Former United States Representative John Conyers Jr., the longest-serving African American congressman in history, died at his home on Sunday. He was 90. 

Detroit police spokesman Cpl. Dan Donakowski believes that his death "looks like natural causes," NBC News reports. Conyers Jr. was first elected in 1964 after winning his election by a mere 106 votes. His victory propelled him into rarefied air at the time, making him one of only six African American members of the House. 

Just a few years after his first election win, Conyers Jr. helped spearhead an initiative to make Dr. Martin Luther King Jr.'s birthday a national holiday shortly after his assassination in 1968. His efforts were exhaustive, but ultimately rewarding when then-President Ronald Reagan signed a bill into law in 1983 declaring the creation of Martin Luther King Jr. Day, which would be first observed three years later.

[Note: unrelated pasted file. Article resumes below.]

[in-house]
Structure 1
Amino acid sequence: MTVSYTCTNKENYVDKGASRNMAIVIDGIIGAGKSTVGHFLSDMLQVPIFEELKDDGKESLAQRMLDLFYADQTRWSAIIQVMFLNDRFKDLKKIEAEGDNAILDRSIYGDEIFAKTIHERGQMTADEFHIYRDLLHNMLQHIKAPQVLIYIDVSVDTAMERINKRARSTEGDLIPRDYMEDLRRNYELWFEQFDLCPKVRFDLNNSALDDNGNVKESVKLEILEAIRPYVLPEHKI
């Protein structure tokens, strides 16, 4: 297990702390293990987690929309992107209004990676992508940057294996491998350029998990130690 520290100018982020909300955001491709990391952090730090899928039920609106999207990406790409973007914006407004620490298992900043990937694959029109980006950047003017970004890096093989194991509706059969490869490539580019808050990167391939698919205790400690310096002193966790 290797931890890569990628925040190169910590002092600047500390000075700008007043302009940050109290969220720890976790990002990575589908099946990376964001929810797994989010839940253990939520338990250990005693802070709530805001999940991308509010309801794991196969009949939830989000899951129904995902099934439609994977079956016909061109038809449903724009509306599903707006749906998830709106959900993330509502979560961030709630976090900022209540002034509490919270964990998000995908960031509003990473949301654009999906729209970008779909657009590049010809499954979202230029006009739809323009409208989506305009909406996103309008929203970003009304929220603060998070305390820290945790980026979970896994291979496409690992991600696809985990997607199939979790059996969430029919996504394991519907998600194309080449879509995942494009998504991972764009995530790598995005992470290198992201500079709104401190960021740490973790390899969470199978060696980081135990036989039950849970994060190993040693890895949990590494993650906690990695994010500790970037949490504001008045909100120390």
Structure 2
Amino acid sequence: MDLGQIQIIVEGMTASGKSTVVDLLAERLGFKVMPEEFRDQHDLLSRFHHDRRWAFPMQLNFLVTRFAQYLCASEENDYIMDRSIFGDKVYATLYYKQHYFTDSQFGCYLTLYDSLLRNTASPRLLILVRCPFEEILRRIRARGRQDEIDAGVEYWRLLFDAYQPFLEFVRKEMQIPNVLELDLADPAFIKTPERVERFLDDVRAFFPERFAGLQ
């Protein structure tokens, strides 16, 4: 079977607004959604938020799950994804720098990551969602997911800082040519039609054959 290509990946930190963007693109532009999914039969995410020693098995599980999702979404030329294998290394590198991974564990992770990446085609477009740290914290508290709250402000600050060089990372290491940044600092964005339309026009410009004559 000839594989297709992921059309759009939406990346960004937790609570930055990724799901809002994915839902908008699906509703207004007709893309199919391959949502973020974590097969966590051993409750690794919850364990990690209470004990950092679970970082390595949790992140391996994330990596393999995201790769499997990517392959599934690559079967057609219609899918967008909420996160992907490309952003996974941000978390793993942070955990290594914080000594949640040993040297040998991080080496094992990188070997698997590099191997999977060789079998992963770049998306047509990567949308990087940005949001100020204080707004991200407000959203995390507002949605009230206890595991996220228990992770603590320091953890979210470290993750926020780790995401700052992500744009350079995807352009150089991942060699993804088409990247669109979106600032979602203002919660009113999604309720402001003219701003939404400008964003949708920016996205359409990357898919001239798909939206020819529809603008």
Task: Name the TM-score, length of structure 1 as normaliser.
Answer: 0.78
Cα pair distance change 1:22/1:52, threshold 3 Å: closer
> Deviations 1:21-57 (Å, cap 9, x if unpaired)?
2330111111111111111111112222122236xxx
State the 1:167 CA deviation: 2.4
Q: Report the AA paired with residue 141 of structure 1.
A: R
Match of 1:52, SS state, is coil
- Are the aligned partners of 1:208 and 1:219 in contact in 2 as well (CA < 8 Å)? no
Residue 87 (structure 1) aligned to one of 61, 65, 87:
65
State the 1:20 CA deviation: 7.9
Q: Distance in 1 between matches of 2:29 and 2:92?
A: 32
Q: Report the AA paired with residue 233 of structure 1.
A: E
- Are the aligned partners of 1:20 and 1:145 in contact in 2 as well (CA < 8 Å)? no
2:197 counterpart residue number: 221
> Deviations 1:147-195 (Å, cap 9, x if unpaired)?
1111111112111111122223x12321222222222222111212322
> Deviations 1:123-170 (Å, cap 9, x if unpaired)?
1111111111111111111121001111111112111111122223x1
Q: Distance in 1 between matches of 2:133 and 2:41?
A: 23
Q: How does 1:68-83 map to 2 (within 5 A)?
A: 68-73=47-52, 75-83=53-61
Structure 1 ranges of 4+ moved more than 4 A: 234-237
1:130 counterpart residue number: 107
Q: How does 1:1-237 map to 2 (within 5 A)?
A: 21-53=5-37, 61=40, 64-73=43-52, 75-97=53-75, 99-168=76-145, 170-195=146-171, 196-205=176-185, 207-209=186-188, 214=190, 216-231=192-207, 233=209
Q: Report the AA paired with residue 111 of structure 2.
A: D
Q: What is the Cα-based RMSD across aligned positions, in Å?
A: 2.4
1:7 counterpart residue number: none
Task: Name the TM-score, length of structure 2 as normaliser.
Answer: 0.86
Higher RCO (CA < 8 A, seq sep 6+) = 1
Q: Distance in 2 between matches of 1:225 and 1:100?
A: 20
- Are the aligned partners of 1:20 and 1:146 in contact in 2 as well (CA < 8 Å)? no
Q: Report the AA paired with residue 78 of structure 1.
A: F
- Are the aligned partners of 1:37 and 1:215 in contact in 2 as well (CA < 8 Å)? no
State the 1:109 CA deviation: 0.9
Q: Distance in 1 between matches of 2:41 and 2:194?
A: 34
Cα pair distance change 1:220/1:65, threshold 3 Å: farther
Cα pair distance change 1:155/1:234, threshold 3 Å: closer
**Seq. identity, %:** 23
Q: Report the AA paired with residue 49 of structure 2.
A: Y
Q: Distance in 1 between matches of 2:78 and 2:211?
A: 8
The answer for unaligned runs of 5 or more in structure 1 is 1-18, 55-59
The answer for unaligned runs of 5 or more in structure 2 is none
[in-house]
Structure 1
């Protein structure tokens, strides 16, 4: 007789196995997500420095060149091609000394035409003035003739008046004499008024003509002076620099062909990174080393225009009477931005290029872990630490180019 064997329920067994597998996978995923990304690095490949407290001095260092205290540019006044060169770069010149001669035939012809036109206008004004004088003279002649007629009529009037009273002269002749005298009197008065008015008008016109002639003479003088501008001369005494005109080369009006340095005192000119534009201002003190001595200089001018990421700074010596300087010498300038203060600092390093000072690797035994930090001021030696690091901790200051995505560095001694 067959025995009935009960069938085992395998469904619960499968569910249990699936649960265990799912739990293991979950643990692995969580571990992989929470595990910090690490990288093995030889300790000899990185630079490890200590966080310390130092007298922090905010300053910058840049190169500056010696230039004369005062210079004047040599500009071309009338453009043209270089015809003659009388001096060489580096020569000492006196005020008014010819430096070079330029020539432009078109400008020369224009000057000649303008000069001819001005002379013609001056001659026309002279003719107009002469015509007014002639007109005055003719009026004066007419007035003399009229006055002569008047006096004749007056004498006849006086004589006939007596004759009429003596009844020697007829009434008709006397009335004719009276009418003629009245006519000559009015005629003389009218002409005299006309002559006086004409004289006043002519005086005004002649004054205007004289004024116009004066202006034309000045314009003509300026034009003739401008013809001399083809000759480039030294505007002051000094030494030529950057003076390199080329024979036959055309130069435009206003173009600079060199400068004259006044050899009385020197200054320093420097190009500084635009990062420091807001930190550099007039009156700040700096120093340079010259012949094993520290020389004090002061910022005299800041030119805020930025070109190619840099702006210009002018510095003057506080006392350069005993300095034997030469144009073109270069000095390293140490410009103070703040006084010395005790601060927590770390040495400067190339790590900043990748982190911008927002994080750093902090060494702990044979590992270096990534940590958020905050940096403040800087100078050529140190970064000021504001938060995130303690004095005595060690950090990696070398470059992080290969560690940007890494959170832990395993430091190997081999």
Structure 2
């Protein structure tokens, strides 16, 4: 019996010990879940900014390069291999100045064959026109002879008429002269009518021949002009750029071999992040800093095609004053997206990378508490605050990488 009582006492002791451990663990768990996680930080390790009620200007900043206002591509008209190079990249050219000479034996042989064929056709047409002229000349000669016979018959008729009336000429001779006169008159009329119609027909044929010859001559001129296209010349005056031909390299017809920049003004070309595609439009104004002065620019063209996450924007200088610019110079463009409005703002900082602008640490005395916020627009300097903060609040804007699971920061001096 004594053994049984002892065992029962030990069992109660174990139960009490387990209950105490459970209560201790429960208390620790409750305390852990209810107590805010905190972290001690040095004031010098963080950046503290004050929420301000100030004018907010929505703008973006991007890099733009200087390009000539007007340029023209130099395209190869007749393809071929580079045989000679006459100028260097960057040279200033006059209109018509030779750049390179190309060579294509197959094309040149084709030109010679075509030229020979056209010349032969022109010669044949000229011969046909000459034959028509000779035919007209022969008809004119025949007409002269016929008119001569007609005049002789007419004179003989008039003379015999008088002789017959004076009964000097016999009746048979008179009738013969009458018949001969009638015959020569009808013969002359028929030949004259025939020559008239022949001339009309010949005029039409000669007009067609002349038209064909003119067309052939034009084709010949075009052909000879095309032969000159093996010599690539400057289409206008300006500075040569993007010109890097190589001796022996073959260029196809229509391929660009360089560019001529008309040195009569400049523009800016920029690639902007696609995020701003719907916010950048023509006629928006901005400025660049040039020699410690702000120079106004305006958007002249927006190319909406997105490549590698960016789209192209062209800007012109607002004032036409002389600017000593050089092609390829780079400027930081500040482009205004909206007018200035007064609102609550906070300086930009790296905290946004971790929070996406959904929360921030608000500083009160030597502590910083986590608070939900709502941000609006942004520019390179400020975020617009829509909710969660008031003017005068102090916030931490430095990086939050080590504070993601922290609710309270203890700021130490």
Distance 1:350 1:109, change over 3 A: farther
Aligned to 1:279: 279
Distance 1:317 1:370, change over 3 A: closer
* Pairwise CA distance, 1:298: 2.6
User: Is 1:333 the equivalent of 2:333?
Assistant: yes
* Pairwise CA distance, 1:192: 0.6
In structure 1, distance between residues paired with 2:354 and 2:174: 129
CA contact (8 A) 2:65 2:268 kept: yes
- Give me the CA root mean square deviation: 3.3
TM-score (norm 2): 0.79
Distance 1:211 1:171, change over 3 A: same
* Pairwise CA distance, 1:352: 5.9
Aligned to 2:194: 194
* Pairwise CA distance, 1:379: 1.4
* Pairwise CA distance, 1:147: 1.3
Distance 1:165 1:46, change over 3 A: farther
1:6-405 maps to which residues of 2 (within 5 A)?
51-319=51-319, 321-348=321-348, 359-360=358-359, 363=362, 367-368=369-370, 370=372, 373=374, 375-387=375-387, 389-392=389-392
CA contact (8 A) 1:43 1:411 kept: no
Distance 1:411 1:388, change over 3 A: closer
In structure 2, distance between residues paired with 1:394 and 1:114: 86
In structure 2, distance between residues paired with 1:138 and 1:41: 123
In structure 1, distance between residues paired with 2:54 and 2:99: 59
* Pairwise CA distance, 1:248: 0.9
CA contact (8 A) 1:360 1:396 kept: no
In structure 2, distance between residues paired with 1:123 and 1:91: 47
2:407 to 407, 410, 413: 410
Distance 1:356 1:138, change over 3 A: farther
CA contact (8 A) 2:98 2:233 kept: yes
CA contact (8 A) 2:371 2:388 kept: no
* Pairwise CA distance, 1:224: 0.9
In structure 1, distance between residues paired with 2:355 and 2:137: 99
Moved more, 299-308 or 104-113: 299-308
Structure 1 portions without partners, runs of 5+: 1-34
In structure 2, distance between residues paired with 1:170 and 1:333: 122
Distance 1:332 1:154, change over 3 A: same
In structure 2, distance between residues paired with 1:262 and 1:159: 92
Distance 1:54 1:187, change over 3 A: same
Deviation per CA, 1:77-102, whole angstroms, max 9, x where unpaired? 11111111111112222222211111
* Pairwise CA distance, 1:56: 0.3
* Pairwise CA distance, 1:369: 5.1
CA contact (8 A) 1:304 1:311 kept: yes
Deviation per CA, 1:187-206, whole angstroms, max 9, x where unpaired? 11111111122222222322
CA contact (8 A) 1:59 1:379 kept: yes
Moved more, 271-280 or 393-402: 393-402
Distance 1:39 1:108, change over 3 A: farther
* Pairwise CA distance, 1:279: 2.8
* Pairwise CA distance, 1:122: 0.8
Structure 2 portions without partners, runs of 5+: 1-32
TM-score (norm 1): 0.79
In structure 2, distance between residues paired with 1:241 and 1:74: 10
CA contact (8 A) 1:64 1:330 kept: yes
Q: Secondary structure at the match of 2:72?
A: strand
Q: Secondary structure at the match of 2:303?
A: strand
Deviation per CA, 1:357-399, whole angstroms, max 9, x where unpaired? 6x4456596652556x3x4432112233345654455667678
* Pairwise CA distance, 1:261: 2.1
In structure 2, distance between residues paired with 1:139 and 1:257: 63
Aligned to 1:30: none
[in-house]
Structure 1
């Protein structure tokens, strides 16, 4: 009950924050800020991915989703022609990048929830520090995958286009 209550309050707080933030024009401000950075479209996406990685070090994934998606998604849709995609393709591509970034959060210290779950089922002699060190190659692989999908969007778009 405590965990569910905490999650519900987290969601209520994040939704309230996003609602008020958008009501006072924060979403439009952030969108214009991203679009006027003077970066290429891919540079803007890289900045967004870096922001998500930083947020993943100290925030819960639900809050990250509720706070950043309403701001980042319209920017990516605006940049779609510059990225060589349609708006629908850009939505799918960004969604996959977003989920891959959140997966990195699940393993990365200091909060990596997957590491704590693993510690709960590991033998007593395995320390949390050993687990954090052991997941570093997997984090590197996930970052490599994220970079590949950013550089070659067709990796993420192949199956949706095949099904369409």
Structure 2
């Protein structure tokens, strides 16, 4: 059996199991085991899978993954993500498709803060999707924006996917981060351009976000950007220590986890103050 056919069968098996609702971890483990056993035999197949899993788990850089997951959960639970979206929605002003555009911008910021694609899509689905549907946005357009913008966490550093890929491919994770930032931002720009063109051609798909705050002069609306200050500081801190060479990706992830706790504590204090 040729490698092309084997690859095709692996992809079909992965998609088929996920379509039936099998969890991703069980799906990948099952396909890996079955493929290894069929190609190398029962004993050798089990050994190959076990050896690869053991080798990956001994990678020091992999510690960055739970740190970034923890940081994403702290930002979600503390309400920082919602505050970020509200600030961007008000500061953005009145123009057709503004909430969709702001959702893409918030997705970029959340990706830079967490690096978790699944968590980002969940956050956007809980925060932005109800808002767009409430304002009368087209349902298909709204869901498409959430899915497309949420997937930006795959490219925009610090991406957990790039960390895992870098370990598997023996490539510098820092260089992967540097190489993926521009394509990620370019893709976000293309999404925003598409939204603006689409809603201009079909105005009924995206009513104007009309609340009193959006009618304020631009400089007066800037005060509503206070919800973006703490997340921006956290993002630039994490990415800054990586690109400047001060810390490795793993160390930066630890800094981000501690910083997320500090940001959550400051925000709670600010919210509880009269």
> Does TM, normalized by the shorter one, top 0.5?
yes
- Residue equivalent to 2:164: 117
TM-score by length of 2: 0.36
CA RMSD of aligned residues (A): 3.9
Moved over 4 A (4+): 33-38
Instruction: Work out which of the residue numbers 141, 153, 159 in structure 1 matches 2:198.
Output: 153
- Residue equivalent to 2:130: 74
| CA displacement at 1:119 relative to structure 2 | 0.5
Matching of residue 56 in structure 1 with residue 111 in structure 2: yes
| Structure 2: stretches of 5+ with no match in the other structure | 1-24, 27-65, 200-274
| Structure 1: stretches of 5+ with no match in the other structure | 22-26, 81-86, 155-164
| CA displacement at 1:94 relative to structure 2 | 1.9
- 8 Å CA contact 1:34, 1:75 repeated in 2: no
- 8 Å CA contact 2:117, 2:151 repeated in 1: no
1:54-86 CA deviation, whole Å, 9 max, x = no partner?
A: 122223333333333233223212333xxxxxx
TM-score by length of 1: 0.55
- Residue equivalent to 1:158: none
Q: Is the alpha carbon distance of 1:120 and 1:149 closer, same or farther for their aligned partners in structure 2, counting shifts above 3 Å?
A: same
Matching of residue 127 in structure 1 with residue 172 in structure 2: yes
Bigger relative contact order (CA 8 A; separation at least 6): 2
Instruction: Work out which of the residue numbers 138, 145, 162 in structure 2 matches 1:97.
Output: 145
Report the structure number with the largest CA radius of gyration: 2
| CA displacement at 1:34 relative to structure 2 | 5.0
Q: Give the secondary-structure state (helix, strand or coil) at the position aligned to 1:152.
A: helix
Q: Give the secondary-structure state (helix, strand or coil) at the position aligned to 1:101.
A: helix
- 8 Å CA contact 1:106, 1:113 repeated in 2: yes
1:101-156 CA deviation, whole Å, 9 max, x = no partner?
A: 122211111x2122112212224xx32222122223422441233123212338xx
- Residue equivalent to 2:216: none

In 1971, Conyers Jr. helped found the Congressional Black Caucus. Three years later, as a member of the House Judiciary Committee, he pushed for the impeachment of Richard Nixon over Watergate, arguing that his ousting was necessary to "restore to our government the proper balance of constitutional power and to serve notice on all future presidents that such abuse of power will never again be tolerated.” His remarks still feel pertinent in this current political climate under this administration. 

Conyers Jr. was pushed into stepping down in 2017 amid accusations of sexual misconduct by two women. Despite always denying the allegations, he still resigned.

Various notable people in the world of politics and beyond reacted to Conyers' death.

 

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